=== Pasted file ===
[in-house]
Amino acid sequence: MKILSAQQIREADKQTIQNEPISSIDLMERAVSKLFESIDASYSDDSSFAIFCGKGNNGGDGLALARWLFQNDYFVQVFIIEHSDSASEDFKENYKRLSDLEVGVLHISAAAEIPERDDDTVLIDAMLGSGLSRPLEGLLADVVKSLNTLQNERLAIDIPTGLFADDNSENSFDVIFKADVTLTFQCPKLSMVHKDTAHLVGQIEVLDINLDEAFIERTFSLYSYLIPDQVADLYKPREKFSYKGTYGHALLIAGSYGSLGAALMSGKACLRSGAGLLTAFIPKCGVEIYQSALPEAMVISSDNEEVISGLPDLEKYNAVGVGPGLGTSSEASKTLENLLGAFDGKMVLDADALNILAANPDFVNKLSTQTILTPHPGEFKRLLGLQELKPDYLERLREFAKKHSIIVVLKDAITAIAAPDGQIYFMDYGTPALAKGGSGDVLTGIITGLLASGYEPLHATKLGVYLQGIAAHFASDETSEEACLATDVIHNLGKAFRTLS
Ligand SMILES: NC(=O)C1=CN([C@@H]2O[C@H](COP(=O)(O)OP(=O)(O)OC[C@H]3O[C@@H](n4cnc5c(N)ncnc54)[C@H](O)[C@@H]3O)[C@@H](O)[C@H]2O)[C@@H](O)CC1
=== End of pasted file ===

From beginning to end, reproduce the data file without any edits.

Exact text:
[in-house]
Amino acid sequence: MKILSAQQIREADKQTIQNEPISSIDLMERAVSKLFESIDASYSDDSSFAIFCGKGNNGGDGLALARWLFQNDYFVQVFIIEHSDSASEDFKENYKRLSDLEVGVLHISAAAEIPERDDDTVLIDAMLGSGLSRPLEGLLADVVKSLNTLQNERLAIDIPTGLFADDNSENSFDVIFKADVTLTFQCPKLSMVHKDTAHLVGQIEVLDINLDEAFIERTFSLYSYLIPDQVADLYKPREKFSYKGTYGHALLIAGSYGSLGAALMSGKACLRSGAGLLTAFIPKCGVEIYQSALPEAMVISSDNEEVISGLPDLEKYNAVGVGPGLGTSSEASKTLENLLGAFDGKMVLDADALNILAANPDFVNKLSTQTILTPHPGEFKRLLGLQELKPDYLERLREFAKKHSIIVVLKDAITAIAAPDGQIYFMDYGTPALAKGGSGDVLTGIITGLLASGYEPLHATKLGVYLQGIAAHFASDETSEEACLATDVIHNLGKAFRTLS
Ligand SMILES: NC(=O)C1=CN([C@@H]2O[C@H](COP(=O)(O)OP(=O)(O)OC[C@H]3O[C@@H](n4cnc5c(N)ncnc54)[C@H](O)[C@@H]3O)[C@@H](O)[C@H]2O)[C@@H](O)CC1